Ag-specific response by the TCR-electroporated T cells was evaluated by coculture with MART-1 peptide-pulsed T2 targets, or MART-1-expressing melanoma tumor cells, and assayed for supernatant IFN-γ (Fig. 4⇓, A and B). The TCR-electroporated cells were capable of generating an Ag-specific response, and this response varied in intensity. Three TCR (DMF5, JKF6, and M5) were able to generate high amounts of IFN-γ, two (DMF4, #17) generated mid-level responses, and two (M7, M9) generated only negligible responses to MART-1 Ag. In order of diminishing functional avidity, the response induced by each TCR was DMF5 > JKF6 > M5 > #17 > DMF4 > M7 = M9. These cells retained the same respective avidities observed for the original TIL clones, and this pattern was repeated regardless of the amount of TCR RNA electroporated (2–0.5 μg RNA per million cells, data not shown). Statistical correlation (ANOVA regression analysis) between IFN-γ production of the original TIL clones and corresponding TCR RNA electroporated PBMC in response to MART-1-bearing target cells was evaluated (Fig. 4⇓C) and found to be highly significant (p = 0.018 for 1.0 μM MART-1 peptide; p = 0.0003 and p = 0.009 for mel624 and mel526 tumor targets, respectively). CD8+ PBMC electroporated with MART-1 TCR were also able to induce specific target cell lysis of peptide-pulsed targets or MART-1-bearing tumors in chromium release assays (Fig. 5⇓A), at levels consistent with each relative TCR avidity: DMF5 > JKF6 > M5 > DMF4 > #17 > M7 = M9.
PBMC expressing high-avidity TCR are capable of functional recognition of MART-1 target cells, even in the absence of CD8
Since these high-avidity TCRs were chosen in part for their ability to bind MART-1 tetramer independently of CD8, we next determined if this TCR avidity was strong enough to confer CD8-independent recognition of MART-1 Ag on target cells. TCR RNA from the high-avidity receptors DMF5, JKF6, and M5 and medium-avidity DMF4 was electroporated into CD4+-enriched (>95% pure) OKT-3-activated donor PBMC. As assessed by IFN-γ production in response to coculture with titered MART-1 peptide on T2 target cells, each MART-1 TCR in CD4+ cells was able to recognize MART-1 peptide. DMF5 showed the highest response, followed by JKF6 and M5, then DMF4 (Fig. 5⇑B), although the overall levels were lower than those observed in CD8+ T cells from the same donor electroporated with the same TCR. In response to MART-1 tumor Ag naturally presented on tumor cells, only those CD4+ cells that expressed the highest-avidity DMF5 or JKF6 receptors were able to recognize and respond to tumors, with DMF5 generating the highest response (Fig. 5⇑C).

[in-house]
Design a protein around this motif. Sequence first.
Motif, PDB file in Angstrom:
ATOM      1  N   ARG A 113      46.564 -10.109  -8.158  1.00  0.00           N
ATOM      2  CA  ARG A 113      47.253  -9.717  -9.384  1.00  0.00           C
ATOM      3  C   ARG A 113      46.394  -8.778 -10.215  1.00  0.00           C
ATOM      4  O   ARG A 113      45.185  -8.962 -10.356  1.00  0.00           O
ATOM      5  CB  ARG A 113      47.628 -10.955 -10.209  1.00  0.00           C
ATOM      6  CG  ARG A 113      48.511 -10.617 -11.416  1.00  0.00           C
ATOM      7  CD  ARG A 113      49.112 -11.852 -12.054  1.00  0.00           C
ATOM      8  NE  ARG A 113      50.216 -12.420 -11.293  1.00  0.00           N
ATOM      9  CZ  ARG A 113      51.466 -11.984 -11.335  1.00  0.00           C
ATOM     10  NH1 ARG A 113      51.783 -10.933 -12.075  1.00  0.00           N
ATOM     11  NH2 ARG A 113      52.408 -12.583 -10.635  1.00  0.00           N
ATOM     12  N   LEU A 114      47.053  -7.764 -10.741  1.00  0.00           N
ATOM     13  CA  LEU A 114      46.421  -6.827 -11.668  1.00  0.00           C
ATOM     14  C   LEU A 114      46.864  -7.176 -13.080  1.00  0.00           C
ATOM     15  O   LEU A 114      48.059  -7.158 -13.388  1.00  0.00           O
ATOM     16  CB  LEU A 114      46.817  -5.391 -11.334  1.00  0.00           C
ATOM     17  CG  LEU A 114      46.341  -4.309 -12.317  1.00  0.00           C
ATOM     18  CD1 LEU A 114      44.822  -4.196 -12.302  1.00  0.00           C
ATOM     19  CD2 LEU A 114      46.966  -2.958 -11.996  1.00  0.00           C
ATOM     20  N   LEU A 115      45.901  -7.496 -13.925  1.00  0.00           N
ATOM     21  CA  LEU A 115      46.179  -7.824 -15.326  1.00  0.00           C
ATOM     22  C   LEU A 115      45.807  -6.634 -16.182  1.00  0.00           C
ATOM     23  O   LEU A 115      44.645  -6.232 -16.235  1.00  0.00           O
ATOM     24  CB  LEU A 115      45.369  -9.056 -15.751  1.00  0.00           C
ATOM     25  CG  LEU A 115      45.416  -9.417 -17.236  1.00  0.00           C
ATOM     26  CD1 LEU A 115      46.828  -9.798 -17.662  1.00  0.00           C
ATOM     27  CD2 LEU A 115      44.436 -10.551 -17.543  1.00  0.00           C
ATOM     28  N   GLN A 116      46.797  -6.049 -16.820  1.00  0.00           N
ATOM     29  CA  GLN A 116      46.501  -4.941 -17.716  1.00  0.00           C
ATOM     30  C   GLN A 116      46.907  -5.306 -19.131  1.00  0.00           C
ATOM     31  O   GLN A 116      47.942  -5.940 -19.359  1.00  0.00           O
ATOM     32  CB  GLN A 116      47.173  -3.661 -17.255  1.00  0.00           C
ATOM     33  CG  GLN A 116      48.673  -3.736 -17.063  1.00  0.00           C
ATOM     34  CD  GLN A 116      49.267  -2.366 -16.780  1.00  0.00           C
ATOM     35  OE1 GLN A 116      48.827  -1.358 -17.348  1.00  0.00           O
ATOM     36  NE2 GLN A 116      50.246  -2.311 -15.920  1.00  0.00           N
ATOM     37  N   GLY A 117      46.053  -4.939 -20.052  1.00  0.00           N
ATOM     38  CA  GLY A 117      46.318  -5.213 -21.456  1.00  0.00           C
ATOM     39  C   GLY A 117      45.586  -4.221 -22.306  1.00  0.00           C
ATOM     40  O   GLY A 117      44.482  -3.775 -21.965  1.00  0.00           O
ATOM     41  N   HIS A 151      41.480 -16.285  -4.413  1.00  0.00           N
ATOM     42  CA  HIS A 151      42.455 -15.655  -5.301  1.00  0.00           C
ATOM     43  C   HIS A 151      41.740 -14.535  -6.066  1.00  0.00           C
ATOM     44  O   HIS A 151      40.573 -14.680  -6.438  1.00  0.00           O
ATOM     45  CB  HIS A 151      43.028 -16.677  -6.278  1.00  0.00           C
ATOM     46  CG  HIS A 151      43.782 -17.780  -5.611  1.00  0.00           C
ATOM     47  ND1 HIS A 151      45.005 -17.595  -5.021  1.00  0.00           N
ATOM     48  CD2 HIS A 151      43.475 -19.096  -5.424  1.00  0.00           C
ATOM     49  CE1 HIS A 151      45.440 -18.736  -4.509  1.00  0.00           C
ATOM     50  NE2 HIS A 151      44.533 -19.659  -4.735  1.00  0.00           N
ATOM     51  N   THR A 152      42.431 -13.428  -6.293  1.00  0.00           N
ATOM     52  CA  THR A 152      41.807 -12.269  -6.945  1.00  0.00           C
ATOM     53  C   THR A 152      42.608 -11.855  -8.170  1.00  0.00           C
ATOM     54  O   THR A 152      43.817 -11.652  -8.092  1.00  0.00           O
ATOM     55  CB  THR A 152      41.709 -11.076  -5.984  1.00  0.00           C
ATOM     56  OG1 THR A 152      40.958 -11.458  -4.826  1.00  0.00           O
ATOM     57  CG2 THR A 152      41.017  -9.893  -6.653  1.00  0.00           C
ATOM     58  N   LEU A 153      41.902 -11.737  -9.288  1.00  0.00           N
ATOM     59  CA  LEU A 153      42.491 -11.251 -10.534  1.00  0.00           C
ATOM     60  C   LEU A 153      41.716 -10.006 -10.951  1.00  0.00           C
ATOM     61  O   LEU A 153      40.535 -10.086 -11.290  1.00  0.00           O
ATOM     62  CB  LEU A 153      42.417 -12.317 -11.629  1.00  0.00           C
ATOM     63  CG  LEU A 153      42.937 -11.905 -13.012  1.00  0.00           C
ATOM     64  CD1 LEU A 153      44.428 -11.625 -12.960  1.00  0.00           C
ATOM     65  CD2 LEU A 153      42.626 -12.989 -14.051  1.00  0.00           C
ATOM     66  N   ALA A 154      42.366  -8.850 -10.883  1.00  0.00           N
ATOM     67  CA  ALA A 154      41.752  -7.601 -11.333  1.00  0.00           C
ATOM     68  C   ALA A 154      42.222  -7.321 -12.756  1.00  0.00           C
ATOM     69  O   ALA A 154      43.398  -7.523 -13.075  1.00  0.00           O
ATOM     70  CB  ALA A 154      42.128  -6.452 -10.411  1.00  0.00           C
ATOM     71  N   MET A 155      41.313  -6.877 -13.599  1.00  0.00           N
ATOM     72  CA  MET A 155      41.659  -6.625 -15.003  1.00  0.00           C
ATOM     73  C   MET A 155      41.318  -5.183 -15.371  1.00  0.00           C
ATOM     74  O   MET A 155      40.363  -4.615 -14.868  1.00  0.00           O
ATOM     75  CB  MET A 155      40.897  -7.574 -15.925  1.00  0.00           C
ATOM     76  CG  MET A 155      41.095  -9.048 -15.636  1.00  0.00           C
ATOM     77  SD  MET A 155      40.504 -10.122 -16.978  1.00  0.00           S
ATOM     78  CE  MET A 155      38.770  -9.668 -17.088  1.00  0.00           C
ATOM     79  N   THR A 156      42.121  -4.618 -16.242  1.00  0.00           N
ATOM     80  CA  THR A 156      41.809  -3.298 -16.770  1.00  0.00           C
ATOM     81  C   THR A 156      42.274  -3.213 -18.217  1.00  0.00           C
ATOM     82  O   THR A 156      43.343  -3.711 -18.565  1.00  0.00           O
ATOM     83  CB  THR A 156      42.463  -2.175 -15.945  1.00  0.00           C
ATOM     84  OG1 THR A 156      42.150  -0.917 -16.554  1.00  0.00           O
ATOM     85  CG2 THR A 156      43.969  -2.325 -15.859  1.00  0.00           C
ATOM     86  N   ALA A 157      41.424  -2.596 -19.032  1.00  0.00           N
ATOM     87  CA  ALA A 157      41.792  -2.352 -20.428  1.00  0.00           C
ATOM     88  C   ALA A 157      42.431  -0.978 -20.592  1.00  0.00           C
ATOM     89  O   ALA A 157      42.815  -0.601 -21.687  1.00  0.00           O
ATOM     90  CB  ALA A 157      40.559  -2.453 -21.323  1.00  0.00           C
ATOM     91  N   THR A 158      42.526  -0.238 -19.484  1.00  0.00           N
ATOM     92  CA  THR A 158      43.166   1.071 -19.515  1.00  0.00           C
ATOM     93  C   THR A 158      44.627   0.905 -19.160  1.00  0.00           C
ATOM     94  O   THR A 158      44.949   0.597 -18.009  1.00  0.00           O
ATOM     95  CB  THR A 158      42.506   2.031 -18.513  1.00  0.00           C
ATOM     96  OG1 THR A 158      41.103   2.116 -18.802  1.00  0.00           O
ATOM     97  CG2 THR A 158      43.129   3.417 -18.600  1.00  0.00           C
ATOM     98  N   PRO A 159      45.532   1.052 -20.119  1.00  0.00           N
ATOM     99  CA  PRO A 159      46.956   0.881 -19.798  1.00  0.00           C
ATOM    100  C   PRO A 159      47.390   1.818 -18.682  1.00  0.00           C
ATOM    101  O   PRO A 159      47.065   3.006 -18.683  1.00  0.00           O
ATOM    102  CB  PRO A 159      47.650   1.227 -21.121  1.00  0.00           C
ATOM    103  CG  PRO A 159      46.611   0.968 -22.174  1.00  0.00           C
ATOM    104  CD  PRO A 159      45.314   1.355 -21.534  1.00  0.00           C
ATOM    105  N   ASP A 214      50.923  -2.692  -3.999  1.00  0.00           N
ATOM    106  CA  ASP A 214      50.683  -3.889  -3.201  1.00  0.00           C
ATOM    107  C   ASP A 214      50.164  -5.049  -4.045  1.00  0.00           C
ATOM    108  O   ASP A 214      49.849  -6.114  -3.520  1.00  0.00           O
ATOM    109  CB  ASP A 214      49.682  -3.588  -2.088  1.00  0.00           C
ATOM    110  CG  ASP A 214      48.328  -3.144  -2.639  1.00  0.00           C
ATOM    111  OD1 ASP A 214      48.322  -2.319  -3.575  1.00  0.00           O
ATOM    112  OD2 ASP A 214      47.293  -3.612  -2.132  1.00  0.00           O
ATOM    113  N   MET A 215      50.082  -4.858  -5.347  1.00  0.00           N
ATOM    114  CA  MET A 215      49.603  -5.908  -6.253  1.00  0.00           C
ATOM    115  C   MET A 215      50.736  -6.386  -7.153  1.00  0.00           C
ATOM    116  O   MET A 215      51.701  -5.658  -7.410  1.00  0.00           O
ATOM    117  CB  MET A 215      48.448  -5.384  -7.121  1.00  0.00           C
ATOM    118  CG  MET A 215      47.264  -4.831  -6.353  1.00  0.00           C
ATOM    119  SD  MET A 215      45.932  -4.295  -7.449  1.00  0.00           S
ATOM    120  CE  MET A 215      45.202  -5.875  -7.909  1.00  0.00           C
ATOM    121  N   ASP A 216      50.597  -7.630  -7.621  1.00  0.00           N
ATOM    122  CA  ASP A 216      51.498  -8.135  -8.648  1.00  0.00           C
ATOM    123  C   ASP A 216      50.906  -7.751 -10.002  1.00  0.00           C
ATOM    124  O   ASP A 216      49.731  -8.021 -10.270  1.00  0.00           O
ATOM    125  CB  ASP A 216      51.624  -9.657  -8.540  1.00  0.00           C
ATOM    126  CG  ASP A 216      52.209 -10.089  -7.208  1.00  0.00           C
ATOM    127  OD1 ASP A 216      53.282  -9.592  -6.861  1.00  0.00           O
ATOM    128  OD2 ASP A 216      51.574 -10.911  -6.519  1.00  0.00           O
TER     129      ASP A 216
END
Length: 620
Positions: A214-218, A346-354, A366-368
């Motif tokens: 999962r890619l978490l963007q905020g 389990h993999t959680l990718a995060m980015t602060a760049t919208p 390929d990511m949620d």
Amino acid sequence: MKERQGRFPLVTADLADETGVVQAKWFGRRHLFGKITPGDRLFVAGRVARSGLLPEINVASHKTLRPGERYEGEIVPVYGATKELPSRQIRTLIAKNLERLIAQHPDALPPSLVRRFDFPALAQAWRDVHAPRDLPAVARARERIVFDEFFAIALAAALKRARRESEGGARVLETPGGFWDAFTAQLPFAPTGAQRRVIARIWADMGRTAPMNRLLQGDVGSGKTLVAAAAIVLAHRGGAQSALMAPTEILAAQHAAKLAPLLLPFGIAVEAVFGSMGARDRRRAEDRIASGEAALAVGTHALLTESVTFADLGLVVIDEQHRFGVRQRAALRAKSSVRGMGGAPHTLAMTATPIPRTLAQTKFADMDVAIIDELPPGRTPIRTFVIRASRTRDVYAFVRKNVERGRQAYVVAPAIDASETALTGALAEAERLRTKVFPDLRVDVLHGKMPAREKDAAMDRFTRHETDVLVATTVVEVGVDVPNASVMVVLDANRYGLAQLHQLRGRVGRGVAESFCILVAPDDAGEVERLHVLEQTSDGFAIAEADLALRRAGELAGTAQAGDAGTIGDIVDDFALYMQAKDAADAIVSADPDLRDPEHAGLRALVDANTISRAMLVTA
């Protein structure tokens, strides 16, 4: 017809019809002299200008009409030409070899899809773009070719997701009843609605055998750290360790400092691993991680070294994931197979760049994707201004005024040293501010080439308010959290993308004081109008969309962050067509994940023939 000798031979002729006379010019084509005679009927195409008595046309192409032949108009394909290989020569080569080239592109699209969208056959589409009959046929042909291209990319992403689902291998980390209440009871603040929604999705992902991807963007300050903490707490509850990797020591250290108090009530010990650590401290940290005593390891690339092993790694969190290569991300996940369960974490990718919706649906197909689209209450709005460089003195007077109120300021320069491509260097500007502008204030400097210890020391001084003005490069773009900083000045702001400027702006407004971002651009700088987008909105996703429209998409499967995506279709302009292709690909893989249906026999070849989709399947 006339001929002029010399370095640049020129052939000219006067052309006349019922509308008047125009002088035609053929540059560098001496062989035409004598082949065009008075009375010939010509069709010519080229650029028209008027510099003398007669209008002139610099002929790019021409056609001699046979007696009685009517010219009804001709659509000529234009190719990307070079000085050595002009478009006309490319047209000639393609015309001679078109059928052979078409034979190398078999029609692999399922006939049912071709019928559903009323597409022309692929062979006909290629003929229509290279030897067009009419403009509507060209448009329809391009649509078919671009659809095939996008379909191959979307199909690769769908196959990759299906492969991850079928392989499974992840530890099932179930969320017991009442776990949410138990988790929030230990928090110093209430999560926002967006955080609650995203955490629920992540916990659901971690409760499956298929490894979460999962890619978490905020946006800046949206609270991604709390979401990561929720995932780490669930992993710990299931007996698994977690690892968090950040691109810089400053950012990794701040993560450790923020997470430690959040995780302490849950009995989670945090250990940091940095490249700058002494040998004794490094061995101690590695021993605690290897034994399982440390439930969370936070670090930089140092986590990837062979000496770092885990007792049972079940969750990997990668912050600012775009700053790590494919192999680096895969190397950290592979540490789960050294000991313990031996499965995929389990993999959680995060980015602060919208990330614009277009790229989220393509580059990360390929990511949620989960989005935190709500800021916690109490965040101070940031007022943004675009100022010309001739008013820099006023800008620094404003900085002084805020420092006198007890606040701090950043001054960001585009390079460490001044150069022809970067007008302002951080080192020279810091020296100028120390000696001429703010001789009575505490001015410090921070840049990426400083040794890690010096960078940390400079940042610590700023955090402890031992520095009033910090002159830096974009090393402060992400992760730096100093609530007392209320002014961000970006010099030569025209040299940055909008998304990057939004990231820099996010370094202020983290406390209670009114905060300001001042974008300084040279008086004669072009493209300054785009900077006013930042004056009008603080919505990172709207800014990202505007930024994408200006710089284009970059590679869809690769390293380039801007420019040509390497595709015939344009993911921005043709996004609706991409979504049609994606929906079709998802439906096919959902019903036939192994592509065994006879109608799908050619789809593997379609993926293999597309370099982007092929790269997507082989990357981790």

Nonreactive TIL can be made tumor reactive upon RNA electroporation with a high-avidity MART-1 TCR
There are many differences between the T cells found in TIL and those circulating in PBMC (8). Currently, it is not known whether TIL have unique properties that may make them more effective in treating tumors in vivo than T cells derived from PBMC. To investigate whether it is possible to convert nonreactive TIL to recognize and lyse tumors, we selected previously generated TIL obtained from melanoma patient samples with determined activity only against autologous tumor and not against any known shared tumor Ags such as MART-1. Patient-matched PBMC samples were obtained, and both PBMC and TIL were stimulated similarly, using OKT-3 Ab and irradiated allogeneic feeder PBMC in the presence of high-dose IL-2. CD8+ T cells were isolated and electroporated with TCR RNA from the highest-avidity DMF5 TCR. MART-1 reactivity was assayed by coculture of RNA electroporated T cells with MART-1 peptide-pulsed target cells and tumors, and evaluated for IFN-γ production and CTL target cell lysis (Fig. 6⇓, A and B). It was possible to convert non-MART-1-reactive TIL into reactive TIL using this high-avidity TCR. These RNA electroporated TIL were able to recognize and lyse MART-1-expressing tumors, albeit at lower levels than matched RNA electroporated PBL obtained from the same patient, even though surface MART-1 TCR expression was comparable (based on tetramer staining, data not shown).
Avidity of DMF5 TCR-engineered T cells can be further improved by replacing the endogenous TCR constant region with a murine version
One caveat to using TCR gene transfer therapy in T cells is the inherent competition with endogenously expressed α and β TCR genes for appropriate αβ TCR heterodimer pairing. In an attempt to increase the pairing of functional antitumor TCR αβ chains on allogeneic PBMC, modifications were made to the transmembrane constant regions of each TCR chain, replacing them with constant regions derived from the mouse genome (49). These small portions of the TCR vary enough from the human sequence to facilitate preferential pairing, and improve CD3ζ chain recruitment, yet are similar enough that potential immunogenicity should be minimized. We have modified the DMF5 TCR α- and β-chains with these murine constant regions, and evaluated their ability to confer increased cellular activity against MART-1 peptide-pulsed targets or melanoma target cells. As previously reported for the DMF4 TCR (49), replacing the DMF5 constant regions with the murine sequence (mDMF5) likewise shows an increase in TCR pairing at the cell surface, demonstrated by increased MART-1 tetramer binding by RNA electroporated CD8+ PBMC (Fig. 6⇑C). Functional avidity was also increased, as demonstrated by increased IFN-γ production upon coculture with MART-1+ target cells (Fig. 6⇑D). This increased activity was particularly apparent when measured against melanoma tumor cells, which normally result in only low TCR-engineered T cell reactivity compared with peptide-pulsed target cells. This modified mDMF5 TCR conferred the highest avidity of any TCR tested, in both CD4+ and CD8+ T cells, against all targets (Fig. 6⇑D).